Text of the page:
5. I think some excellent points have been made in response to the OP's post. @RealityOne has raised the intriguing question: "So, how do we not trivialize our magic?" I have pointed this out before, but I do not believe it can be overemphasized. As Robert-Houdin wrote almost 200 years ago, "A magician is an actor playing the part of a magician." If we act like magicians, playing the part of one who has magical powers, and do so with the same conviction that a great actor brings to the role he/she is playing, then we captivate and enchant and engage the emotions of our audience. Then we elevate our art, and that, in my humble opinion is how we avoid trivializing our magic.
     
    The VIP Gentleman likes this.
  6. Let me tell you about myself. I have been performing for the three years and my routines are mostly mixture of magic, mentalism and suggestion. What created an impression of someone who doesn't perform is where I live. You see, people here believe that magic is 'real' and to present it as a trick is an insult to the audience. When I post a thread about something wrong with in magic, remember that I have done it before. I am also the first performer in my town. Before me there was no one who performed. So when I perform, I am sure that the person who is watching is witnessing magic for the first time alive. This thread is about giving magic respect it deserves by presenting it as 'real'. As Al e Cat Dabra pointed out, we are actors and we need to present what we do convincingly, not diminish it by saying "it's just a trick".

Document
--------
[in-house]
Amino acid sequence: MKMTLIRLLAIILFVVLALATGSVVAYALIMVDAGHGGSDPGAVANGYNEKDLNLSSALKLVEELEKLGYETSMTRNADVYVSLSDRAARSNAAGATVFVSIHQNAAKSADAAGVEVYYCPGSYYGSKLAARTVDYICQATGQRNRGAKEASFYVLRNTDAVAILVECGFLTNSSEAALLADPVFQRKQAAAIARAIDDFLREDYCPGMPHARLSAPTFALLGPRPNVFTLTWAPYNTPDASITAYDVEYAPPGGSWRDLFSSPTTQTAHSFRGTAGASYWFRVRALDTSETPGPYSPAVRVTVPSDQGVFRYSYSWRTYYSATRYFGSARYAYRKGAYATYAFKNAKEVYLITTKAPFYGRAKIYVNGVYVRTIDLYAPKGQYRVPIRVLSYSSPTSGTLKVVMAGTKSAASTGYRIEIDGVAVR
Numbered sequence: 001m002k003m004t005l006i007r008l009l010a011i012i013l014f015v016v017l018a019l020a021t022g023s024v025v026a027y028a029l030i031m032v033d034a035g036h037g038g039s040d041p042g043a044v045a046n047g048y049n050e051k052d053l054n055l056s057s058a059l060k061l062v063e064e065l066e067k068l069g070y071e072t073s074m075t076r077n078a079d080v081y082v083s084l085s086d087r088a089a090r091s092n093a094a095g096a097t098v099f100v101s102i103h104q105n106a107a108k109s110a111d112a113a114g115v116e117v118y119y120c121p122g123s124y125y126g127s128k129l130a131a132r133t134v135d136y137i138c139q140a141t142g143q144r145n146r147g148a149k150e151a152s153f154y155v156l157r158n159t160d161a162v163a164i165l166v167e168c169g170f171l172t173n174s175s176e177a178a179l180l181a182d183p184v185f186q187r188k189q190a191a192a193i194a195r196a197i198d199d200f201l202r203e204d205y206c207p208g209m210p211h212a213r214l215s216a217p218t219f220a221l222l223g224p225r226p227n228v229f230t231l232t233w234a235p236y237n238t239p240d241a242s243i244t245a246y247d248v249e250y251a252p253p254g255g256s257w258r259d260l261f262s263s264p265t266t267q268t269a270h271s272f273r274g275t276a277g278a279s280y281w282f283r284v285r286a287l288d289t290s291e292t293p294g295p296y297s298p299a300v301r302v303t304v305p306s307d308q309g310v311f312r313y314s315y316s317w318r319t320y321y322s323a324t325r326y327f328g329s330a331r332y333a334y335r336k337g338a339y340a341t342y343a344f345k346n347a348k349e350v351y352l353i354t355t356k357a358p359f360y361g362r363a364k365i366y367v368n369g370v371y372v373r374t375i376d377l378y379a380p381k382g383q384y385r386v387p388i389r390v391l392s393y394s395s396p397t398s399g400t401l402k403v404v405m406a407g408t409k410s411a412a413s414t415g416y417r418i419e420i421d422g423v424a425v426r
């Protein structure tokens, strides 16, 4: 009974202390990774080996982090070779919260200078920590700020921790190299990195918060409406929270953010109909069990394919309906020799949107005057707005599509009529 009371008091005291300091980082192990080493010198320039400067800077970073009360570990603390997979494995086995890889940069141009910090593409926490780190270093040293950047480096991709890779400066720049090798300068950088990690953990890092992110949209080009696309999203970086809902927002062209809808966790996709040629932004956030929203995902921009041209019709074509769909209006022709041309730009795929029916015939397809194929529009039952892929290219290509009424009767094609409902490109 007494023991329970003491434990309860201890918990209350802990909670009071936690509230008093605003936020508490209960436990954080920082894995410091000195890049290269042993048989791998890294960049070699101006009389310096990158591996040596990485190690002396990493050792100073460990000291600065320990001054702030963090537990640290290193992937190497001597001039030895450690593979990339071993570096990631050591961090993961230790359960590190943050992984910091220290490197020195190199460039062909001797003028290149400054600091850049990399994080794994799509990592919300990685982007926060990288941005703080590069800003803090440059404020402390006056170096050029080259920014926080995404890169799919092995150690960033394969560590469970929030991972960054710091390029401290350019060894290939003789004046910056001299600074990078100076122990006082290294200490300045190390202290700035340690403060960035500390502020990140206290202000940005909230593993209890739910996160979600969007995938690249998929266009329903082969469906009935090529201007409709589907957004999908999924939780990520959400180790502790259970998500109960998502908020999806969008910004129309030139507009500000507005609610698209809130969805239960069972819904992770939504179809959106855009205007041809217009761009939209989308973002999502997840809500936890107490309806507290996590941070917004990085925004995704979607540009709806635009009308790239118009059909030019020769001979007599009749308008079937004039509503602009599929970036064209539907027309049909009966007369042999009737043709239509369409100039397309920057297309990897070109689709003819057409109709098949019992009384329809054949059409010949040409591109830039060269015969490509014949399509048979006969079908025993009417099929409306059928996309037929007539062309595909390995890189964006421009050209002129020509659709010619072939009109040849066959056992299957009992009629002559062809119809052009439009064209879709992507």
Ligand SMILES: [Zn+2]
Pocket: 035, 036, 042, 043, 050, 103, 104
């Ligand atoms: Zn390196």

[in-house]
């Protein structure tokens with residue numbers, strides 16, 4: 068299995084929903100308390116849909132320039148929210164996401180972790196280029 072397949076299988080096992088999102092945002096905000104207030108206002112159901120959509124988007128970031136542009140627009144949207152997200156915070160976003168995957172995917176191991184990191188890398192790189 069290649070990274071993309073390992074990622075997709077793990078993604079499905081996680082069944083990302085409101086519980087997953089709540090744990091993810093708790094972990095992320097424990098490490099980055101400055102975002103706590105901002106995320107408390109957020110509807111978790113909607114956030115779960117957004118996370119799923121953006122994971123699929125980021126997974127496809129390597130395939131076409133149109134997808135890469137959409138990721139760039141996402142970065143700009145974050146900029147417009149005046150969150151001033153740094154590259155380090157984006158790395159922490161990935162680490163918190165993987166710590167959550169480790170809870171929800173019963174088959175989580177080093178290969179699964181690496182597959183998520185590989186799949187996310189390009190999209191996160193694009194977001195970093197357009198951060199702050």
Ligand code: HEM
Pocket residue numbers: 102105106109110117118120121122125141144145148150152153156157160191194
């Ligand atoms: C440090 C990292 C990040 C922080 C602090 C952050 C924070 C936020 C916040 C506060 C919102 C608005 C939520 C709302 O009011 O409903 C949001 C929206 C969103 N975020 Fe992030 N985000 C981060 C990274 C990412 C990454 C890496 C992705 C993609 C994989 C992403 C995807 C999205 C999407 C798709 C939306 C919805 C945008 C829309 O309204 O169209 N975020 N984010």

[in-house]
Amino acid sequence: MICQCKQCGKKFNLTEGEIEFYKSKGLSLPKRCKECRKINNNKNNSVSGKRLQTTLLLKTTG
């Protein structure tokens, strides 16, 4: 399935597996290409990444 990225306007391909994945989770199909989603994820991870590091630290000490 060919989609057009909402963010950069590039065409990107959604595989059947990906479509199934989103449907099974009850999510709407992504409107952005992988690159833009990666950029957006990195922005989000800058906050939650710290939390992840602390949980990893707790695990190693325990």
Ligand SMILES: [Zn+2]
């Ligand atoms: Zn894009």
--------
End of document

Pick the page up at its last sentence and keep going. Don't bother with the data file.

7. I agree that we shouldn't trivialize our magic by saying it is just a trick or explaining that it is sleight of hand. However, I think in most places claiming you have some supernatural power would not be believable in performing magic (mentalism is a completely different discussion).

    The main problem is that much of magic is itself trivial. A card trick is just that. Most audiences understand that there is a method, even if they don't know what it is. Most big box illusions give the impression that the box is what is magical (and that impression typically is not wrong). So to claim otherwise (e.g. that you have special abilities) would reduce your credibility in the eyes of the audience.

    Most performances feature a presentation which narrates the adventures of the props in the magician's hand - essentially explaining the "what" and leaving the audience no option but to think of the "how." So even though most magician's don't say it is only a trick, our presentations give that impression.

    I think that the solution is to have the audience suspend belief -- that is suspend the belief that you know something is a trick and believe in the illusion they see. The way to do that is to provide a context for the magic -- a story, a premise, a hook that makes the magic meaningful to the audience. Of course, that is easier said than done. But when you engage the audience in the context, they begin to hope that the magic will happen, hope to see what they think to be impossible and hope to believe in something unbelievable.
     
  8. Hmmm...what you've said is legit food for thought...
    I feel that while what you're saying makes sense (a lot), it is also true, from an ethical point of view of course, to not lie. And when I say I choose ethics over reactions, I am not trying to put up my image as a virtuous human being and all that stuff...nope...I have committed enough sins and surely lying to people that a coin has really been absorbed by my skin won't hurt my averages...